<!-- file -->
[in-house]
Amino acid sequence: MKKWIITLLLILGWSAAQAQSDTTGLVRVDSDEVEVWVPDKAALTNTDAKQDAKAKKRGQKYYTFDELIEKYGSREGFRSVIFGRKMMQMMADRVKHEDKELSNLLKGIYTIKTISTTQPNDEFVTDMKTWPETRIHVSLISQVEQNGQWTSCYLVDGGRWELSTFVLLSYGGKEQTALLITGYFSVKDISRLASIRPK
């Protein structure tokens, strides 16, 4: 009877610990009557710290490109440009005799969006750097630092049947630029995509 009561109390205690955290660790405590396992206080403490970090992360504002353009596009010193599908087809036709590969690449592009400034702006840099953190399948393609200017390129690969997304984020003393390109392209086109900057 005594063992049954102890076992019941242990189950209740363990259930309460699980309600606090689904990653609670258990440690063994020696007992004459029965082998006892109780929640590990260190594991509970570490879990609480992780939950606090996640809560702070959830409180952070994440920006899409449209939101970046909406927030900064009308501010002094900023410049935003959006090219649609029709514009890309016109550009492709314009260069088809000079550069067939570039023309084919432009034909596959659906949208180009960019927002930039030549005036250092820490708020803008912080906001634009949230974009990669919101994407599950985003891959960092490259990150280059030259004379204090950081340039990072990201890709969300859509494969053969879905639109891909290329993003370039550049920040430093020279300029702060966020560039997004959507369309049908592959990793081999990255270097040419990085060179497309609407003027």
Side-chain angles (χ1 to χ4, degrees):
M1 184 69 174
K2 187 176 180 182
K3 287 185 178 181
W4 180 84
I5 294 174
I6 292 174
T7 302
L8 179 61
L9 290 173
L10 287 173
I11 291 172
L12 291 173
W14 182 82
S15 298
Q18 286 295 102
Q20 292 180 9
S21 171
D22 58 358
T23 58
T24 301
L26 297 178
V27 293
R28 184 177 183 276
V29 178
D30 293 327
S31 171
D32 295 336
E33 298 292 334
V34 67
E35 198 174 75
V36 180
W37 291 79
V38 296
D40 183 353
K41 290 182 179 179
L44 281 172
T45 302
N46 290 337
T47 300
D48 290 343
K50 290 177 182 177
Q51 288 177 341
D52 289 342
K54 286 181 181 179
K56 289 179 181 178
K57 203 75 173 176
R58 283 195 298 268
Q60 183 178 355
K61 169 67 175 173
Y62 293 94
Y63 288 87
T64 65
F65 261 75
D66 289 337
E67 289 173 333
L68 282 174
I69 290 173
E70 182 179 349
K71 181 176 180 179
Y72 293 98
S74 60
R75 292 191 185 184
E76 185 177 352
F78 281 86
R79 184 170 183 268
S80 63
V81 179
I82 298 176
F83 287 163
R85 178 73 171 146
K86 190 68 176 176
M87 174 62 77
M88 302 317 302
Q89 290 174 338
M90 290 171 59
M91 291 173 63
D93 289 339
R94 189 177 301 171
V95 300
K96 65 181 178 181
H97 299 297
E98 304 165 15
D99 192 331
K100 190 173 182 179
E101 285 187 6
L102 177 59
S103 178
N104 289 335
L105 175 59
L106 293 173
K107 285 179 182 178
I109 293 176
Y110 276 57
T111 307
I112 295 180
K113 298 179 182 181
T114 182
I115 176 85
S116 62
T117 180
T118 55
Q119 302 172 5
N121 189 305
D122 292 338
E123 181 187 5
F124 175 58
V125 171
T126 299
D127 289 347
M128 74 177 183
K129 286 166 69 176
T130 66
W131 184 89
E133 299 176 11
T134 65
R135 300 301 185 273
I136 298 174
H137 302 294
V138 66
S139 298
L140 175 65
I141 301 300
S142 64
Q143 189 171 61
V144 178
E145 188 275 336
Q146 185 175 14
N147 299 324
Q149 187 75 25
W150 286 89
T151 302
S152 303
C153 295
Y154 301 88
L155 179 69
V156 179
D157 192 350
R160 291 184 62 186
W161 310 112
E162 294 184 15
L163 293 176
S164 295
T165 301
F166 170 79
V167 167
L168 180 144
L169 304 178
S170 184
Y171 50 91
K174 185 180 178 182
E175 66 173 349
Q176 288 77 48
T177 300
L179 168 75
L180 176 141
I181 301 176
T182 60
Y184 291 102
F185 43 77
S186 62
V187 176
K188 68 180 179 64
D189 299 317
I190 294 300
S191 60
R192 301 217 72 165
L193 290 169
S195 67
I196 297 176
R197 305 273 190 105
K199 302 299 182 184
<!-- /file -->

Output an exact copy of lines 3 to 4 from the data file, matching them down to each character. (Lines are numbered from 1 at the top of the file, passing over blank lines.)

């Protein structure tokens, strides 16, 4: 009877610990009557710290490109440009005799969006750097630092049947630029995509 009561109390205690955290660790405590396992206080403490970090992360504002353009596009010193599908087809036709590969690449592009400034702006840099953190399948393609200017390129690969997304984020003393390109392209086109900057 005594063992049954102890076992019941242990189950209740363990259930309460699980309600606090689904990653609670258990440690063994020696007992004459029965082998006892109780929640590990260190594991509970570490879990609480992780939950606090996640809560702070959830409180952070994440920006899409449209939101970046909406927030900064009308501010002094900023410049935003959006090219649609029709514009890309016109550009492709314009260069088809000079550069067939570039023309084919432009034909596959659906949208180009960019927002930039030549005036250092820490708020803008912080906001634009949230974009990669919101994407599950985003891959960092490259990150280059030259004379204090950081340039990072990201890709969300859509494969053969879905639109891909290329993003370039550049920040430093020279300029702060966020560039997004959507369309049908592959990793081999990255270097040419990085060179497309609407003027």
Side-chain angles (χ1 to χ4, degrees):